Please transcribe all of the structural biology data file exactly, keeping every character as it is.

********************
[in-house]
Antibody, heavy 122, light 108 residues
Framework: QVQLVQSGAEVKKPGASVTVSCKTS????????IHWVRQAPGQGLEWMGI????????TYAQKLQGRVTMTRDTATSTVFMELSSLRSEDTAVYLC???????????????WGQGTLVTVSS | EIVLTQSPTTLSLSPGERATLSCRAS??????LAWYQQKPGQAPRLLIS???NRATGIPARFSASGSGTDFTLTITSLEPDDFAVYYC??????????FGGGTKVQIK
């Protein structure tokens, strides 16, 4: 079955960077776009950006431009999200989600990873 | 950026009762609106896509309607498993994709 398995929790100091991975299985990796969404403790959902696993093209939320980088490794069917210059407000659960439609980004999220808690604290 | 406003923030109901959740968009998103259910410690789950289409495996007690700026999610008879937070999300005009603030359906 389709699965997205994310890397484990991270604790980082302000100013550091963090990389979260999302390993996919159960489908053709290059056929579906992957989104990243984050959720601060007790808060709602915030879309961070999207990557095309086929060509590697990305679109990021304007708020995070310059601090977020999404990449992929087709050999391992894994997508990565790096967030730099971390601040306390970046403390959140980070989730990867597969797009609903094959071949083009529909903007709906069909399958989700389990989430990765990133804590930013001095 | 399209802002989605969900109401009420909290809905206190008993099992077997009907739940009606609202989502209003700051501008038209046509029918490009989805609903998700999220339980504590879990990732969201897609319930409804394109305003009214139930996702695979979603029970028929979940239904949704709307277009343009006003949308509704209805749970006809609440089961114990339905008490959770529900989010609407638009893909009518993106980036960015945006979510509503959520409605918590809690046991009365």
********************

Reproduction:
[in-house]
Antibody, heavy 122, light 108 residues
Framework: QVQLVQSGAEVKKPGASVTVSCKTS????????IHWVRQAPGQGLEWMGI????????TYAQKLQGRVTMTRDTATSTVFMELSSLRSEDTAVYLC???????????????WGQGTLVTVSS | EIVLTQSPTTLSLSPGERATLSCRAS??????LAWYQQKPGQAPRLLIS???NRATGIPARFSASGSGTDFTLTITSLEPDDFAVYYC??????????FGGGTKVQIK
């Protein structure tokens, strides 16, 4: 079955960077776009950006431009999200989600990873 | 950026009762609106896509309607498993994709 398995929790100091991975299985990796969404403790959902696993093209939320980088490794069917210059407000659960439609980004999220808690604290 | 406003923030109901959740968009998103259910410690789950289409495996007690700026999610008879937070999300005009603030359906 389709699965997205994310890397484990991270604790980082302000100013550091963090990389979260999302390993996919159960489908053709290059056929579906992957989104990243984050959720601060007790808060709602915030879309961070999207990557095309086929060509590697990305679109990021304007708020995070310059601090977020999404990449992929087709050999391992894994997508990565790096967030730099971390601040306390970046403390959140980070989730990867597969797009609903094959071949083009529909903007709906069909399958989700389990989430990765990133804590930013001095 | 399209802002989605969900109401009420909290809905206190008993099992077997009907739940009606609202989502209003700051501008038209046509029918490009989805609903998700999220339980504590879990990732969201897609319930409804394109305003009214139930996702695979979603029970028929979940239904949704709307277009343009006003949308509704209805749970006809609440089961114990339905008490959770529900989010609407638009893909009518993106980036960015945006979510509503959520409605918590809690046991009365």